How Videogames Train Your Brain

Looking to sharpen your awareness? Beef up your leadership skills? Become more decisive? Get an Xbox.

Looking to sharpen your awareness? To beef up your leadership skills? To become more decisive? Well, then get an Xbox. A new study finds that after playing the "fast paced action" videogames Call of Duty 2 and Unreal Tournament, participants were quicker at a decision-making exercise than participants who played the slow-paced strategy game The Sims 2.

Videogame preferences aside, this discovery adds to a growing body of research (some with clever titles like "Learning to See in Stereo") that is finding unexpected benefits of pushing buttons while sitting on your couch. For instance, past studies found that videogames can actually improve your vision, by developing better perception of contrast and shading—to see the hiding bad guy in the bushes on the screen, say.

The main value of action gaming, though—as opposed to slower strategy gaming—is on making quicker assessments of a situation that lead to quicker action. They also found, surprisingly, that the pace of decision making doesn't lower the accuracy of it. This would have implications for training leaders in business if the decision making were about complex concepts or calculations. However, for now, the data only support more limited applications.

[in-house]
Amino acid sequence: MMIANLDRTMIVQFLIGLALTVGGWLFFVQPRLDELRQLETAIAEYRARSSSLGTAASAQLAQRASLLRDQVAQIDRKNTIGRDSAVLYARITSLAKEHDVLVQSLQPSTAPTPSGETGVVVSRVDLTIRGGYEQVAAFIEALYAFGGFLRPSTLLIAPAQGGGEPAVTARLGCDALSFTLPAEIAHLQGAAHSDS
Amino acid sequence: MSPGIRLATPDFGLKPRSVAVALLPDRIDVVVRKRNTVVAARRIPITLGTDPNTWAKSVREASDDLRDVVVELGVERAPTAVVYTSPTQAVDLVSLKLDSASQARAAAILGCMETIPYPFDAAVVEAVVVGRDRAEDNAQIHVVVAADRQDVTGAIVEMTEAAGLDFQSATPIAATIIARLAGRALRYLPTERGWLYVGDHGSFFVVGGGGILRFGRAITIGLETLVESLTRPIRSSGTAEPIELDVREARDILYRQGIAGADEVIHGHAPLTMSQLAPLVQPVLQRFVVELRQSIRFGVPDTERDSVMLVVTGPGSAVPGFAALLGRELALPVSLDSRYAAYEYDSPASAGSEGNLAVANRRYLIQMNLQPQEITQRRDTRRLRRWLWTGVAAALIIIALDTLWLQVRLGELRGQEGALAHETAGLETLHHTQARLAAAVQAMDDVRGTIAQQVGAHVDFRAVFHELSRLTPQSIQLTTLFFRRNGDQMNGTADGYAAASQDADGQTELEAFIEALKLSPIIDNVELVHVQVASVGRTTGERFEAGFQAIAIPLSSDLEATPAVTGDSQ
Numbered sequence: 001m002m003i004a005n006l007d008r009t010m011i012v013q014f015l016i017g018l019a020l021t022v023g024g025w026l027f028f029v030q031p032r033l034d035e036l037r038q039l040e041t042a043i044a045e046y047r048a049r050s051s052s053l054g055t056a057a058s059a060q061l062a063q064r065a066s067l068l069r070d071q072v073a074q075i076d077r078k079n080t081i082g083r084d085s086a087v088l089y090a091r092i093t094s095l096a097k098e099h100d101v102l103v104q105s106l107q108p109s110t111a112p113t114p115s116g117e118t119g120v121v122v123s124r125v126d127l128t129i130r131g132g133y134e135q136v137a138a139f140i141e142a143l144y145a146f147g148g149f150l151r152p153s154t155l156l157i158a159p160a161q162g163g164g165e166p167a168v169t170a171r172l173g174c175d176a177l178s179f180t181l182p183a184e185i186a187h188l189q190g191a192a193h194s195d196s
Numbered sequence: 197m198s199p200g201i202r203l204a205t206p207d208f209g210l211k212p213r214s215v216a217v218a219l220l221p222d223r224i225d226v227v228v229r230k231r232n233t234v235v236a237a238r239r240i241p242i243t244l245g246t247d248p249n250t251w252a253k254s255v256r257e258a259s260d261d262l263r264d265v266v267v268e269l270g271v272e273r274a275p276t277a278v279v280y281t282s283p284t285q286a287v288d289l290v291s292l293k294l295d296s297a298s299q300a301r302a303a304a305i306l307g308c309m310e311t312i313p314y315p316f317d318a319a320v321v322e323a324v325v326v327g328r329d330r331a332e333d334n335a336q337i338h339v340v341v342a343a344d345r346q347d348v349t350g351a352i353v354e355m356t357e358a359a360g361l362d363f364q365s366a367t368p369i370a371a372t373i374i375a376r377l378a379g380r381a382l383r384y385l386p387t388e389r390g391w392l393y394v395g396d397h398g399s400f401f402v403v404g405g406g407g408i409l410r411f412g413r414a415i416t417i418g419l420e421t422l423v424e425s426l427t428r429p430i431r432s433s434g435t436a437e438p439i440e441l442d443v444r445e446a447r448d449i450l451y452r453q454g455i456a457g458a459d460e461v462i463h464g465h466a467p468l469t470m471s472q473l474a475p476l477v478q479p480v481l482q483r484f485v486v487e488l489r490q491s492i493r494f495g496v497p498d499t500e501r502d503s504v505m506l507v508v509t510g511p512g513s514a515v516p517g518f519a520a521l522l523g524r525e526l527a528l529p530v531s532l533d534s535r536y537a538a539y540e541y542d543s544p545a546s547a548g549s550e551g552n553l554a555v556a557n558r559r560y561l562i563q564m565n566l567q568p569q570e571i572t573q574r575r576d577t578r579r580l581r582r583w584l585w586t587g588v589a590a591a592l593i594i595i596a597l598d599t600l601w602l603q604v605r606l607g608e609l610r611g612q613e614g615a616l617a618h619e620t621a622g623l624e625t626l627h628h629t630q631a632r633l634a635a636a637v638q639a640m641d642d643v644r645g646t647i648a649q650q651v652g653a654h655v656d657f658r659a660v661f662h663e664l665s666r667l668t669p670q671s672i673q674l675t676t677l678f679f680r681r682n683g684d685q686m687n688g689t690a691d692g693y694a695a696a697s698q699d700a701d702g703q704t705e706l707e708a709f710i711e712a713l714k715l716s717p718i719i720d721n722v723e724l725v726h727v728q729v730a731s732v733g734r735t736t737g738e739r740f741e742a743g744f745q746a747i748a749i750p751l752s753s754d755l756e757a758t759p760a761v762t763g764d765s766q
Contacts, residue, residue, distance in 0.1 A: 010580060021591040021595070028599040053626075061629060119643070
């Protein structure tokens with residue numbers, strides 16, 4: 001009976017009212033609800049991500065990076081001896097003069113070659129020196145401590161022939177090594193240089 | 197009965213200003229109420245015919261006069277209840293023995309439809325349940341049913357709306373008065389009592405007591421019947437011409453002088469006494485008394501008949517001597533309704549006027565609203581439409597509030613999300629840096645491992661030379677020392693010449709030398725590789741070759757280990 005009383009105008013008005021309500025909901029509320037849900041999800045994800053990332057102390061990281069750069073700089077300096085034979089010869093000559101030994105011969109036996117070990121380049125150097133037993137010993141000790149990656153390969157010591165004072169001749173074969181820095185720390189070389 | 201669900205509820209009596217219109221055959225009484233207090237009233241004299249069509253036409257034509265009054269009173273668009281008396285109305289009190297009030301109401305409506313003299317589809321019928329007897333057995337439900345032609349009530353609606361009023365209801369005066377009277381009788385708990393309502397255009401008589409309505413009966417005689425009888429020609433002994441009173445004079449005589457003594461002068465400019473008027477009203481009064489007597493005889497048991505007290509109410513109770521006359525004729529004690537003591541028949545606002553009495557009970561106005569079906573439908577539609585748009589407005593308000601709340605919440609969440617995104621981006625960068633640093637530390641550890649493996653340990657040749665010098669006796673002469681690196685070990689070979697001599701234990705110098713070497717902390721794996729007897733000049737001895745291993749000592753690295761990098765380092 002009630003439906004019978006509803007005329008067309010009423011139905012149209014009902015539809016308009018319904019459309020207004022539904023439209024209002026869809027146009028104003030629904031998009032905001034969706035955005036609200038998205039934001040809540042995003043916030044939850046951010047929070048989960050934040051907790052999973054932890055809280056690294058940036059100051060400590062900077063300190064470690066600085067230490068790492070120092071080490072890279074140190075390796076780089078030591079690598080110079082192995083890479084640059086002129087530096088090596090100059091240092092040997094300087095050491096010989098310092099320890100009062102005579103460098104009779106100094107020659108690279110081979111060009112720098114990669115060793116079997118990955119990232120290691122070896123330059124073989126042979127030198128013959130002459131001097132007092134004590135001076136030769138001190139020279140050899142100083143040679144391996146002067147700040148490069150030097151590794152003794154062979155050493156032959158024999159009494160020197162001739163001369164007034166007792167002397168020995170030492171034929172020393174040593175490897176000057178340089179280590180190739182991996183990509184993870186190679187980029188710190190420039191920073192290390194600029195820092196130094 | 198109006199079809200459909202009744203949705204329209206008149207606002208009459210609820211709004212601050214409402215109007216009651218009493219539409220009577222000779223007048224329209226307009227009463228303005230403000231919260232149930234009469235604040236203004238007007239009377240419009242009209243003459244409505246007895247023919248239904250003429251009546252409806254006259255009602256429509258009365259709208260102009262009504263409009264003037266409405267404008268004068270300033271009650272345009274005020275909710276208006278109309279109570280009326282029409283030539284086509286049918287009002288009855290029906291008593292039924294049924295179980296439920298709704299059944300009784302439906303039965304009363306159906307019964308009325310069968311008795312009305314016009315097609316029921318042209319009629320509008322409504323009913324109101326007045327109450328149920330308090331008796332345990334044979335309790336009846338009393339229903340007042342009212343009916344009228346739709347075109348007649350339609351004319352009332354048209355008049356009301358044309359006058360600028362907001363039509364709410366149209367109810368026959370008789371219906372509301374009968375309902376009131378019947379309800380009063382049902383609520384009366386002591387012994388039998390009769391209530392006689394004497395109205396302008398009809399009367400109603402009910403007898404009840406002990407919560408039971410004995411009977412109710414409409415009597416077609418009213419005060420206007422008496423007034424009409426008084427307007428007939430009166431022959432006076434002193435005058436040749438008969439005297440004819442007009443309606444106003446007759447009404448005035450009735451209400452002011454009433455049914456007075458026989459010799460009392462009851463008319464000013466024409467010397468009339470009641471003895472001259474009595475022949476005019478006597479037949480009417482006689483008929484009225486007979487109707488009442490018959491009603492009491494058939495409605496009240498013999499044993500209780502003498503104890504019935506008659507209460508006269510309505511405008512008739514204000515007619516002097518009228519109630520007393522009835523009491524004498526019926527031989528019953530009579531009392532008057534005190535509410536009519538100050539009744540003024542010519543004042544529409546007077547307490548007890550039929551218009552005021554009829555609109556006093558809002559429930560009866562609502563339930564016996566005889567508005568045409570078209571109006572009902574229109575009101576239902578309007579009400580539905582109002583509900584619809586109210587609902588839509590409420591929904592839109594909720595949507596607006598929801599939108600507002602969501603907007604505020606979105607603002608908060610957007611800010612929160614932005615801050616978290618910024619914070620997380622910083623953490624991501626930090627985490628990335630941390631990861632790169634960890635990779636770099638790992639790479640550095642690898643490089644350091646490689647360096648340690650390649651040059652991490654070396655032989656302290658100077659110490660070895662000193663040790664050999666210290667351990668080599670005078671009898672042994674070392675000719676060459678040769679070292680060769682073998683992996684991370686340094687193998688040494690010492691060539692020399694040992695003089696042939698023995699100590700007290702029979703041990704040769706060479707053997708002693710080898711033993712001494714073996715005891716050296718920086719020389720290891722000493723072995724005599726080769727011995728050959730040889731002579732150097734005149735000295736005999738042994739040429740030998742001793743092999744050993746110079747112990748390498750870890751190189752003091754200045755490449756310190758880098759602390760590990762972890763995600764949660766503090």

"Action videogame players' brains are more efficient collectors of visual and auditory information," the researchers found. That is applicable for certain kinds of tasks, like driving. "You may see a movement on your right, estimate whether you are on a collision course, and based on that probability make a binary decision: brake or don't brake," said study author and Rochester University Professor, Daphne Bavelier, in explaining real-world applications of this kind of videogame-induced brain enhancement.

Given that the study was testing visual and auditory snap judgments, there's no conclusion yet on how a Halo addiction might help (or hurt) your actual interpersonal relationships, your prospects for promotion, or your hygiene.

Photo (CC) by Flickr user Steve Maw


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